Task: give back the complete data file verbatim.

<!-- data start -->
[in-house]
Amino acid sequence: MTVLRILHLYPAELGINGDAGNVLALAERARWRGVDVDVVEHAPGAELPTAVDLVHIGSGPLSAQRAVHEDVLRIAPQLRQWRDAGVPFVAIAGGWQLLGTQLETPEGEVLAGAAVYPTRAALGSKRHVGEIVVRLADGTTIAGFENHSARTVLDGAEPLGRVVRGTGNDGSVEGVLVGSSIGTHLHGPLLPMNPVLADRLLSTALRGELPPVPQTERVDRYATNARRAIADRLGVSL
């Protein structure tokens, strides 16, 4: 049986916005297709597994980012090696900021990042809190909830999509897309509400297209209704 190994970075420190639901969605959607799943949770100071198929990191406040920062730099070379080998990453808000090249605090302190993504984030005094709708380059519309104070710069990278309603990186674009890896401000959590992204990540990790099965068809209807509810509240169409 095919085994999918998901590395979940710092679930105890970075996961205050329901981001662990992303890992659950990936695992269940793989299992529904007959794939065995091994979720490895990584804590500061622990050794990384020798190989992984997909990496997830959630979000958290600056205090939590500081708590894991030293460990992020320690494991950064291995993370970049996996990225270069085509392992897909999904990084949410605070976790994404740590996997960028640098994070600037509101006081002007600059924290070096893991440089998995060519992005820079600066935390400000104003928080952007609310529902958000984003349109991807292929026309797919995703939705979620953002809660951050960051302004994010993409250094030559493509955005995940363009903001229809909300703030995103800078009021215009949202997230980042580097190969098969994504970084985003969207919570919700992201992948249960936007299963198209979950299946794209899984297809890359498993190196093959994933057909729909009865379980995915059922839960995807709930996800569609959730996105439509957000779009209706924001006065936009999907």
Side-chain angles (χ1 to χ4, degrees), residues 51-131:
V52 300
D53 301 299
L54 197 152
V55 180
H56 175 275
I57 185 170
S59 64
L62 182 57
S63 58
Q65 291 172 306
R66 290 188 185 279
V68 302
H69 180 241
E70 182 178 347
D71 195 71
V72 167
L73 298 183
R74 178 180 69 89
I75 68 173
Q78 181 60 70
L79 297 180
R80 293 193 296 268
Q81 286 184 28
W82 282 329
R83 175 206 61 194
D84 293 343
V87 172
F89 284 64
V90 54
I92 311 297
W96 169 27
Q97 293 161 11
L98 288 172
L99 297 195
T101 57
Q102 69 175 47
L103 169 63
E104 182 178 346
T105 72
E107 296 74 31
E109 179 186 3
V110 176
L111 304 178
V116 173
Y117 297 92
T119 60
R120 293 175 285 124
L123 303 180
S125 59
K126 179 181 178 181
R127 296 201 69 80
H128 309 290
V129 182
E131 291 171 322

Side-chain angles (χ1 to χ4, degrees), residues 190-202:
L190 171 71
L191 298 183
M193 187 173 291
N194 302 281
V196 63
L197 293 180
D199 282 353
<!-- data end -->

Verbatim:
[in-house]
Amino acid sequence: MTVLRILHLYPAELGINGDAGNVLALAERARWRGVDVDVVEHAPGAELPTAVDLVHIGSGPLSAQRAVHEDVLRIAPQLRQWRDAGVPFVAIAGGWQLLGTQLETPEGEVLAGAAVYPTRAALGSKRHVGEIVVRLADGTTIAGFENHSARTVLDGAEPLGRVVRGTGNDGSVEGVLVGSSIGTHLHGPLLPMNPVLADRLLSTALRGELPPVPQTERVDRYATNARRAIADRLGVSL
């Protein structure tokens, strides 16, 4: 049986916005297709597994980012090696900021990042809190909830999509897309509400297209209704 190994970075420190639901969605959607799943949770100071198929990191406040920062730099070379080998990453808000090249605090302190993504984030005094709708380059519309104070710069990278309603990186674009890896401000959590992204990540990790099965068809209807509810509240169409 095919085994999918998901590395979940710092679930105890970075996961205050329901981001662990992303890992659950990936695992269940793989299992529904007959794939065995091994979720490895990584804590500061622990050794990384020798190989992984997909990496997830959630979000958290600056205090939590500081708590894991030293460990992020320690494991950064291995993370970049996996990225270069085509392992897909999904990084949410605070976790994404740590996997960028640098994070600037509101006081002007600059924290070096893991440089998995060519992005820079600066935390400000104003928080952007609310529902958000984003349109991807292929026309797919995703939705979620953002809660951050960051302004994010993409250094030559493509955005995940363009903001229809909300703030995103800078009021215009949202997230980042580097190969098969994504970084985003969207919570919700992201992948249960936007299963198209979950299946794209899984297809890359498993190196093959994933057909729909009865379980995915059922839960995807709930996800569609959730996105439509957000779009209706924001006065936009999907």
Side-chain angles (χ1 to χ4, degrees), residues 51-131:
V52 300
D53 301 299
L54 197 152
V55 180
H56 175 275
I57 185 170
S59 64
L62 182 57
S63 58
Q65 291 172 306
R66 290 188 185 279
V68 302
H69 180 241
E70 182 178 347
D71 195 71
V72 167
L73 298 183
R74 178 180 69 89
I75 68 173
Q78 181 60 70
L79 297 180
R80 293 193 296 268
Q81 286 184 28
W82 282 329
R83 175 206 61 194
D84 293 343
V87 172
F89 284 64
V90 54
I92 311 297
W96 169 27
Q97 293 161 11
L98 288 172
L99 297 195
T101 57
Q102 69 175 47
L103 169 63
E104 182 178 346
T105 72
E107 296 74 31
E109 179 186 3
V110 176
L111 304 178
V116 173
Y117 297 92
T119 60
R120 293 175 285 124
L123 303 180
S125 59
K126 179 181 178 181
R127 296 201 69 80
H128 309 290
V129 182
E131 291 171 322

Side-chain angles (χ1 to χ4, degrees), residues 190-202:
L190 171 71
L191 298 183
M193 187 173 291
N194 302 281
V196 63
L197 293 180
D199 282 353